Police department reforms, but in wrong direction

Opinion by Mina Shah
Oct. 5, 2015, 11:00 a.m.

According to The New York Times, the police department in Kansas City, Missouri is in the process of implementing a new program. Good, right, since we have seen, especially over the past year, that police departments and police training programs in the United States are in some serious need of reform? Not so much. See, this particular reform aims to predict those who are most likely to commit crimes in the city and head off new crimes before they happen by doing two things. The first is warning the identified individuals that they’re being watched extra closely by the police department because they’re “high risk;” the second is cracking down hard on those people for offenses that wouldn’t normally receive such high penalties.

If you’ve been paying any attention to the BlackLivesMatter movement and statistics about the gross imbalance of the “justice” system, you should be more than a little worried about this. If you’re wondering about the quotation marks around “justice,” just remember that in 2010, Black men were over six times more likely to be incarcerated than white men, Black people today are more than twice as likely to be killed unarmed in encounters with police as compared to white people and Black students are arrested far more frequently than their white counterparts; as much as 70 percent of the in-school arrests made are of Blacks. And if you still think the quotations should be removed, shoot me an email so we can have coffee and learn about oppression together.

For any reader with awareness of the reform’s potential implications, this reform might cause discomfort. But why, exactly?

Just for starters, I think that all the statistics above might be a good opening clue as to the true origin of discomfort.  Much like the other parts of this incredibly broken U.S. justice system, this program would disproportionately target people of color, leading to even worse incarceration rates and increasingly disproportionate arrests of people of color by the Kansas City Police Department (KCPD).

But how can we possibly know this? Because it’s already happening. The KCPD has already begun to have meetings, both individually and in groups, with individuals whom they suspect will commit violent crimes in the future, based on previous arrest records. The primary person discussed in the Times article cited at the opening of this piece, who was targeted by this crime reduction program, is a person of color.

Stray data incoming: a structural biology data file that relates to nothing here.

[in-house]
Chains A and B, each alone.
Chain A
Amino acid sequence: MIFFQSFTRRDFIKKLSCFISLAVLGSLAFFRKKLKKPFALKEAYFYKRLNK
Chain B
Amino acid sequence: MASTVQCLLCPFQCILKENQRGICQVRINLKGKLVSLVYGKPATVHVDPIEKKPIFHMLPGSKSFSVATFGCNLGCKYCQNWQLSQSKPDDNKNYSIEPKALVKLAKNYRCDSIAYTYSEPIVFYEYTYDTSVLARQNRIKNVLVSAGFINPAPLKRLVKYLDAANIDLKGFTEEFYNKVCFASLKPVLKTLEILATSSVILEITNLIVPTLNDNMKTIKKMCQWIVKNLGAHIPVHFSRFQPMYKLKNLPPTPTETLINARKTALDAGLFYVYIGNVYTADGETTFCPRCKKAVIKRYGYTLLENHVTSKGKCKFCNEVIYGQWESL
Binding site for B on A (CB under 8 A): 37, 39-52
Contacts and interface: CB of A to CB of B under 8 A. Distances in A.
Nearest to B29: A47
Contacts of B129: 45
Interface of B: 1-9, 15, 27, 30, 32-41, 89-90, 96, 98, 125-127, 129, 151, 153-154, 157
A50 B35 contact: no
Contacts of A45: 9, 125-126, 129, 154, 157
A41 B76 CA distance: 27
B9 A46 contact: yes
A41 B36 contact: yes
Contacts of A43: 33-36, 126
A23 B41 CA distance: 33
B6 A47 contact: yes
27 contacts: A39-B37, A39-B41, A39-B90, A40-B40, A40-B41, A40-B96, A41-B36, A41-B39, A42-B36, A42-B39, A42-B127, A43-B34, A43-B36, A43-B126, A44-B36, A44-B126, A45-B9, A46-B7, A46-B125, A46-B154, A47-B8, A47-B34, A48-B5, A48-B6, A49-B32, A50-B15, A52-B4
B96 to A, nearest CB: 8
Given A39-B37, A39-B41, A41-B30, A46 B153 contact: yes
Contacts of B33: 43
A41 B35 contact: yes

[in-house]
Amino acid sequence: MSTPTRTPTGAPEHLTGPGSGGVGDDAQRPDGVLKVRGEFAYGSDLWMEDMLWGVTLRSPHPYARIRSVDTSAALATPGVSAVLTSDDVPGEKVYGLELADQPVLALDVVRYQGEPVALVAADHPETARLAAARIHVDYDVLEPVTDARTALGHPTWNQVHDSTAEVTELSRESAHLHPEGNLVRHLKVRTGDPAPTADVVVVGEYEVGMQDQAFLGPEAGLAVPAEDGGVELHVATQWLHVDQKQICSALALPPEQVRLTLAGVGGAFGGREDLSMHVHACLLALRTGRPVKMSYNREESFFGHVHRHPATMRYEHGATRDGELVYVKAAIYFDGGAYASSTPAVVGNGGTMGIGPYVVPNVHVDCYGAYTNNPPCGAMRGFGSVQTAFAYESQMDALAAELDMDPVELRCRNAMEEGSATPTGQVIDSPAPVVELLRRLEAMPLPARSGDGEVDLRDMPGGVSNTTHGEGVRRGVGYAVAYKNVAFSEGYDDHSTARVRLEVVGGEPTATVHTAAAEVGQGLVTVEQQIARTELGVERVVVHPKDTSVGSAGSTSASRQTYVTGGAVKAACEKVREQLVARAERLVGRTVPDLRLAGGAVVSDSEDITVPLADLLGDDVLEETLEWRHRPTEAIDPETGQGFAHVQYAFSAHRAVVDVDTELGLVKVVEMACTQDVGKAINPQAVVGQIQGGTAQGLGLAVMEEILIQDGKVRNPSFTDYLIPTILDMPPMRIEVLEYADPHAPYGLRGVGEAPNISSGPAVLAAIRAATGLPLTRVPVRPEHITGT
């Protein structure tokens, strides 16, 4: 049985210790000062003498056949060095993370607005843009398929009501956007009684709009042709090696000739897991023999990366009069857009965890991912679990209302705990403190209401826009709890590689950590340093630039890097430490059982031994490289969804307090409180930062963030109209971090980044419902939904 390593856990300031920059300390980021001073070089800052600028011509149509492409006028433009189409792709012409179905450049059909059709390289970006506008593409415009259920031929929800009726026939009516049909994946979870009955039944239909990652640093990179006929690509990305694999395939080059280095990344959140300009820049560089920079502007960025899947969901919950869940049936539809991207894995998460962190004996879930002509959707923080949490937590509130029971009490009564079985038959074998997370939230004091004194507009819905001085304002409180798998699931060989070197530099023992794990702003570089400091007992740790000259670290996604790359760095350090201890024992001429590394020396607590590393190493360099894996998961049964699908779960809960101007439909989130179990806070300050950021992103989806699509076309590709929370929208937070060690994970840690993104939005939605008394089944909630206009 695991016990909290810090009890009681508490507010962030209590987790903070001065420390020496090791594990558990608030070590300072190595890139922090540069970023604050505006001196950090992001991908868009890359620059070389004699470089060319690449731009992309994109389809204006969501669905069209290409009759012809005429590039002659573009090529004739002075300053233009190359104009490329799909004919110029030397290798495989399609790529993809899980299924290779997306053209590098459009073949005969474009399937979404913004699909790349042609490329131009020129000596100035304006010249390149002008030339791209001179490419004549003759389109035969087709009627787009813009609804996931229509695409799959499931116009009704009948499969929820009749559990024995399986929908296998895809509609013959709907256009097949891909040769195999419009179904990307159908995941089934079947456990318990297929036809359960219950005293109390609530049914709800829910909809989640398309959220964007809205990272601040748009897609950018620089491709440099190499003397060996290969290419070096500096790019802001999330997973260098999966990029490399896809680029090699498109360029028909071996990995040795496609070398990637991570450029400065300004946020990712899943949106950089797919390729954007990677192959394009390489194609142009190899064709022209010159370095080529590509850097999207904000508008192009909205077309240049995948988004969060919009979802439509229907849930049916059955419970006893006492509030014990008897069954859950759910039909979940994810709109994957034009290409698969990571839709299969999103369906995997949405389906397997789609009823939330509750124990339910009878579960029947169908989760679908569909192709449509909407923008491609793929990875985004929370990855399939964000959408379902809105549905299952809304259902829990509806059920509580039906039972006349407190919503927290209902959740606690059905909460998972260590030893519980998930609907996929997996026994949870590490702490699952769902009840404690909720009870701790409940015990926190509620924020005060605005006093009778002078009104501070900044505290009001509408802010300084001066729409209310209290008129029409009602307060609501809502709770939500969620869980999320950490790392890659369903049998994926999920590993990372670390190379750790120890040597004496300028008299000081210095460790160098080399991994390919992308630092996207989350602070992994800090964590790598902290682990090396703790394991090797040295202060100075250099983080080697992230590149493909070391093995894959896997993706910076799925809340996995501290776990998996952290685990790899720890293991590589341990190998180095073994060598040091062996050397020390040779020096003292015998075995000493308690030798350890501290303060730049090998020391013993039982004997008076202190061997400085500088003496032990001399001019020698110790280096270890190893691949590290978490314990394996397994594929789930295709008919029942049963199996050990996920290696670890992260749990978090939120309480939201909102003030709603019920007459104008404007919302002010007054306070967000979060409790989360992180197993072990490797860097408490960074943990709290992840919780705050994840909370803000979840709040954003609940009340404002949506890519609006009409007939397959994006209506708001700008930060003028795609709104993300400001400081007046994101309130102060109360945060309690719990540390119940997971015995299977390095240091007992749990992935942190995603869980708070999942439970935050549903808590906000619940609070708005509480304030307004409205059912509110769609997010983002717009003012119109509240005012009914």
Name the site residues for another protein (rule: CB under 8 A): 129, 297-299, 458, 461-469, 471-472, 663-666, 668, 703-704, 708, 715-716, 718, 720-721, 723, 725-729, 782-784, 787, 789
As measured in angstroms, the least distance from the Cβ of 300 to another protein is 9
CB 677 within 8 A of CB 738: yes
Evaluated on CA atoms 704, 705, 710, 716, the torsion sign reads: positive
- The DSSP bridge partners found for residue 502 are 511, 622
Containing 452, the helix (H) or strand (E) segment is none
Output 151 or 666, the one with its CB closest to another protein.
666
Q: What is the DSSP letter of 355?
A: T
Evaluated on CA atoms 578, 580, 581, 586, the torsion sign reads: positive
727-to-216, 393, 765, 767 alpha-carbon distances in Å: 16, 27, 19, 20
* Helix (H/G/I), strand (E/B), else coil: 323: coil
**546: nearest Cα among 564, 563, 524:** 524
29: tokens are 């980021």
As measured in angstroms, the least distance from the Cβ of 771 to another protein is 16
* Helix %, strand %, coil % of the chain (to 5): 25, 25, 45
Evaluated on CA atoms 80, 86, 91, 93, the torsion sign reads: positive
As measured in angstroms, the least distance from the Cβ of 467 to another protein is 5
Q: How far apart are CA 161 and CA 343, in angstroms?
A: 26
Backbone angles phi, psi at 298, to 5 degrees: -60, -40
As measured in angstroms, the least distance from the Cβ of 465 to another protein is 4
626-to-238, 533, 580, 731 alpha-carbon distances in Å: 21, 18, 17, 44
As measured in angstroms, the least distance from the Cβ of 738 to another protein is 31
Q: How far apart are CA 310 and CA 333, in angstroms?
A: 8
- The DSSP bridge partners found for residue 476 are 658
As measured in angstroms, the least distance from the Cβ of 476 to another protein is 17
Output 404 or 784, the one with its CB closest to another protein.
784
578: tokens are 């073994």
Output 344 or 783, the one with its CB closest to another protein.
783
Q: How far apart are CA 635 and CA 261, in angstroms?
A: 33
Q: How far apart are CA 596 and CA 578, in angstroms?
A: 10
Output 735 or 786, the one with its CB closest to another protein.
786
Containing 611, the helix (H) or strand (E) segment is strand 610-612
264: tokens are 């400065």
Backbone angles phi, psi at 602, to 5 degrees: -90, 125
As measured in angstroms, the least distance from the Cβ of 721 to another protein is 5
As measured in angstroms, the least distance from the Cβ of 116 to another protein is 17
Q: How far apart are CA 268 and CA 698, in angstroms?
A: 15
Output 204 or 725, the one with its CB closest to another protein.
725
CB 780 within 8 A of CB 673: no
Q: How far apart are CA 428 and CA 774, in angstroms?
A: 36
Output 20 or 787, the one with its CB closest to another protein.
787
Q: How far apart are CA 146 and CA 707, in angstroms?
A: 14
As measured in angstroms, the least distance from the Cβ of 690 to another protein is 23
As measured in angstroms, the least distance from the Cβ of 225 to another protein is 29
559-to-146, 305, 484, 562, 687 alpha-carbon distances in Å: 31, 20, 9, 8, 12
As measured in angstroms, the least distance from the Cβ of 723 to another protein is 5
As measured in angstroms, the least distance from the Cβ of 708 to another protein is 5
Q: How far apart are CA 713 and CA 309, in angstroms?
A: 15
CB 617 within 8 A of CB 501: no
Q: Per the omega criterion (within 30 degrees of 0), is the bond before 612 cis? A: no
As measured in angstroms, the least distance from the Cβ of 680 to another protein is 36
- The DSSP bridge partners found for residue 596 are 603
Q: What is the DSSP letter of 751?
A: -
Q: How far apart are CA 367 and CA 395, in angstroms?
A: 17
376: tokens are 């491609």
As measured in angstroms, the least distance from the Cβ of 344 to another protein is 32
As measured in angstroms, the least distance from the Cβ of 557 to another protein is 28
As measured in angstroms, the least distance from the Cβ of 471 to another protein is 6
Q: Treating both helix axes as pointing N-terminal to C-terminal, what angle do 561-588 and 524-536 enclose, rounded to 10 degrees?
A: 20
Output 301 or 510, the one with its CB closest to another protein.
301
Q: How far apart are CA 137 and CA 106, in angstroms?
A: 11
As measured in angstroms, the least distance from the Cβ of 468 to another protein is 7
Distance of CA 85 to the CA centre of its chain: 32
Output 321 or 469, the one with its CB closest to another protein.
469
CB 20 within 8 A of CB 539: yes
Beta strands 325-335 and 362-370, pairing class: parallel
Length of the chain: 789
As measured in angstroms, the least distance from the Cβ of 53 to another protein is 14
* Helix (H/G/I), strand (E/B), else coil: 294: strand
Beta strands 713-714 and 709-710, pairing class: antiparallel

As the program currently stands, previous arrest and incarceration records for violent crimes are used to project who will commit crimes in the future. People of color are disproportionately arrested and incarcerated compared to white people; this will worsen if police further target the individuals caught up in a system that was already against them. 

Additionally, while it seems that there has been a decrease in the number of annual murders in Kansas City since 2013, overall assaults have increased, and it is unclear whether the changes in numbers are related to the program with the predictive algorithm. Furthermore, there are plenty of other cities who have tried to implement a similar sort of program with no perceivable changes.

This change is also the same sort of preemptive strike against crime that was attempted with the infamous “Stop-and-Frisk” program. Before its implementation it might have seemed like a good idea, but since 2003, no more than 12 percent of the people stopped annually were white (often less). And on top of that, between 80 and 90 percent of those stopped and frisked were found completely innocent, meaning that the initiative both reinforced the racial biases of the NYPD and wasn’t exactly effective. It’s pretty likely that this program could turn into the same thing, or something worse.

It’s true that in an effort to decrease crime in any city, Kansas City included, interventions and reforms to decrease crime must be more carefully thought out and work better with, not on the specific community in which the intervention will be implemented. For example, it might be better to do community outreach with these people identified as “at risk” to perform future violent crimes with the community at large. Such outreach could begin to remind community members, all of them, that this is their home and they should empower themselves to keep it a safe place. And to me, that sounds a whole lot better than perpetuating racial bias within the institutional structure of a police department.

Contact Mina Shah at minashah ‘at’ stanford.edu. 

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